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A Hike Around Xàtiva
Having seen the city’s castle and most of its other principal sights on our first day in Xàtiva, we awoke early on our second day for an excellent 14-kilometer hike. We’d be following PRV-78, a circular path that leads along the gorgeous Albaida River, past an ancient aqueduct and caves, and through groves of orange trees, before heading back into town… Read More

May 21, 2015


Other Sights of Xàtiva
Let’s say you’ve visited Xàtiva Castle. Amazing, but it sure is exhausting. The hike up that hill? The size of the place? I bet you’re happy to be done! But don’t relax quite yet, because you’re not going to like what I’ve got to tell you. The castle might be the highlight, but so far you’ve only seen a fraction of what Xàtiva has to offer. Take a quick siesta, have a cup of coffee, bang out a line of coke, whatever you need to do: you’ve still got a long day ahead of you… Read More

May 21, 2015


Day of the Virgen de los Desamparados
On the second Sunday of May, Valencia celebrates its patroness, the Virgen de los Desamparados (Our Lady of the Forsaken), with a lethargic and low-key event. Subdued worshipers calmly line the Plaza de la Virgen, offering whispered prayers and privately reflecting on their faith as their beloved icon passes by. (Are you detecting any sarcasm, here? Because I’m laying it on pretty thick.)… Read More

May 18, 2015


The Castle of Xàtiva
One of the most rewarding excursions you can make from Valencia is to Xàtiva, which is about an hour south by train. We spent two days exploring the town’s quiet streets, checking out its historic buildings and monuments, and hiking into the surrounding hills. But the first thing we did was climb up to the castle which dominates the city from on high… Read More

May 13, 2015


Pictures from the Malvarossa Kite Festival
Valencians sure love their festivals. This might be a generally Spanish trait, rather than strictly Valencian, but once March rolls around, there’s another festival of some sort every weekend in this city. There’s Fallas, wine and tapas festivals, Semana Santa, and various other religious festivals honoring a never-ending string of saints… and also, there’s a kite festival, down at the beach… Read More

May 11, 2015


The Streets of Ruzafa
Southeast of the historic center, Ruzafa has long been known as Valencia’s multi-cultural mixing pot. And in recent years, it has indisputably become the city’s hippest neighborhood, with an eclectic and ever-changing variety of popular clubs, retro bars, trendy restaurants, vintage shops and offbeat bookstores… Read More

May 09, 2015


A Hike in the Barranco del Regajo
Sometimes, we need to remind ourselves that Valencia is more than just a big city. The province is also home to quiet forests, deep ravines and rugged mountain chains, just waiting to be explored. We spent one April morning walking along the Regajo River, near the western border with Cuenca, in an effort to satisfy our intermittent desire to connect with nature… Read More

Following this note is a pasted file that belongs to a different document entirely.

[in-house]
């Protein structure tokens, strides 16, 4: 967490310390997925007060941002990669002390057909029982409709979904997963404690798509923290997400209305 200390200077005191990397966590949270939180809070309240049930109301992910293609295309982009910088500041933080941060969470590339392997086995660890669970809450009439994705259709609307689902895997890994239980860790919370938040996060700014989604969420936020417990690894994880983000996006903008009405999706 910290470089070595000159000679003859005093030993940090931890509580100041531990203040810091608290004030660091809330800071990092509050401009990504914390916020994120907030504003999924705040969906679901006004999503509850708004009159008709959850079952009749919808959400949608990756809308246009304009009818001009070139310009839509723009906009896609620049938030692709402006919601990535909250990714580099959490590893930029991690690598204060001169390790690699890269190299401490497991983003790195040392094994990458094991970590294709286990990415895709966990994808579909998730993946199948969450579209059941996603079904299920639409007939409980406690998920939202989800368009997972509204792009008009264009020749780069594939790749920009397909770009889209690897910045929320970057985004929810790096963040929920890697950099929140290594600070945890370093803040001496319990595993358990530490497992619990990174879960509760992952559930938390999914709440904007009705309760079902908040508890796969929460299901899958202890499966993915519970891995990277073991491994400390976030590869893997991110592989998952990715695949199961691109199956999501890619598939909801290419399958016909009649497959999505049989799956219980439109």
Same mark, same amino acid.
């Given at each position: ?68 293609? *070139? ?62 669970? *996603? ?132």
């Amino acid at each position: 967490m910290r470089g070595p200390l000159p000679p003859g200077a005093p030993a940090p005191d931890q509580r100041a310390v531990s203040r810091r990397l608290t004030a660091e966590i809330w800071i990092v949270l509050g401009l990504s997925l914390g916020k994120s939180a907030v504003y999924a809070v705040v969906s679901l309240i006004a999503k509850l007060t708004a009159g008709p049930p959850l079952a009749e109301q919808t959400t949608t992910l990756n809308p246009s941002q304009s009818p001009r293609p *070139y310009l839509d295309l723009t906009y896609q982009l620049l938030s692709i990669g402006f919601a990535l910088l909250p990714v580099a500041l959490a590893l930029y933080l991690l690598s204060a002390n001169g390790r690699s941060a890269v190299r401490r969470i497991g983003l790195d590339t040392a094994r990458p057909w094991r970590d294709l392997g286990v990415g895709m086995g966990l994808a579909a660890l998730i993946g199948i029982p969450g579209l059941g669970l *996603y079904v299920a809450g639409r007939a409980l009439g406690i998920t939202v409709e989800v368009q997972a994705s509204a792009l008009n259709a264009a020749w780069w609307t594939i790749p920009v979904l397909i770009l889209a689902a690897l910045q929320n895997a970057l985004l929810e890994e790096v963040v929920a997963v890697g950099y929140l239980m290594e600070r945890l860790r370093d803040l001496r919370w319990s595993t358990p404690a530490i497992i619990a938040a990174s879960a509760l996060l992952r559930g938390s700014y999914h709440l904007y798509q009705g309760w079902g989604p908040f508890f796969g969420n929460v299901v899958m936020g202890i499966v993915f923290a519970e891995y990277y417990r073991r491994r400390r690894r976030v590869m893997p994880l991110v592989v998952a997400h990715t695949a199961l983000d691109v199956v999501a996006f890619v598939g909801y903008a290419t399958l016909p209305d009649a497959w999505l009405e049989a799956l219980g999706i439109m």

May 04, 2015


The Almudín and the Baños del Almirante
Sometimes it’s hard to remember Valencia’s age, since many of its oldest elements have been incorporated seamlessly into the modern city. The Baños del Almirante and the Alumdín, for example, blend in so well that it’s easy to forget they’re there, even though they’re both 700 years old… Read More

May 03, 2015


After One Month in Valencia
“After One Month…” is a series in which we normally share first impressions of our new homes. But we know Valencia very well, and our rose-tinted first impressions have long since matured into gnarled, old certainties. But even after years of calling this city home, we love it more than ever. And that should speak volumes… Read More

May 01, 2015


The Plaza del Patriarca
Decorated with a symmetrical grid of orange trees, the Plaza del Patriarca is home to a couple of Valencia’s most historic buildings: the Real Colegio Seminario del Corpus Christi and La Nau, both of which date from the 15th century… Read More

Apr 28, 2015


Valencia’s Ancient City Gates: Serranos and Quart
A thousand years ago, a formidable set of walls protected Valencia from marauders and invading armies, and anyone hoping to gain access to the city had to pass through one of its twelve monumental gates. Today, the medieval walls have disappeared, but two gates remain: the Torres de Serranos to the north, and the Torres de Quart to the west… Read More

Apr 22, 2015


The Casa-Museo Benlliure
As Valencia’s first family of art, the Benlliures left an indelible mark on the city’s cultural landscape, around the turn of the 20th century. We visited their former home on Calle Blanquerias, which has been converted into a museum dedicated to the family and their astounding artistic output… Read More

Apr 19, 2015


The Palau de la Música
There’s more than one major concert venue in the Turia park. About a kilometer away from the Palau de les Arts Reina Sofia, Valencia’s futuristic egg-shaped opera house, you’ll find the Palau de la Música. Built in 1987, the Palau focuses on classical music and is prized for its acoustics, welcoming orchestras and famous musicians from around the world… Read More

Apr 15, 2015

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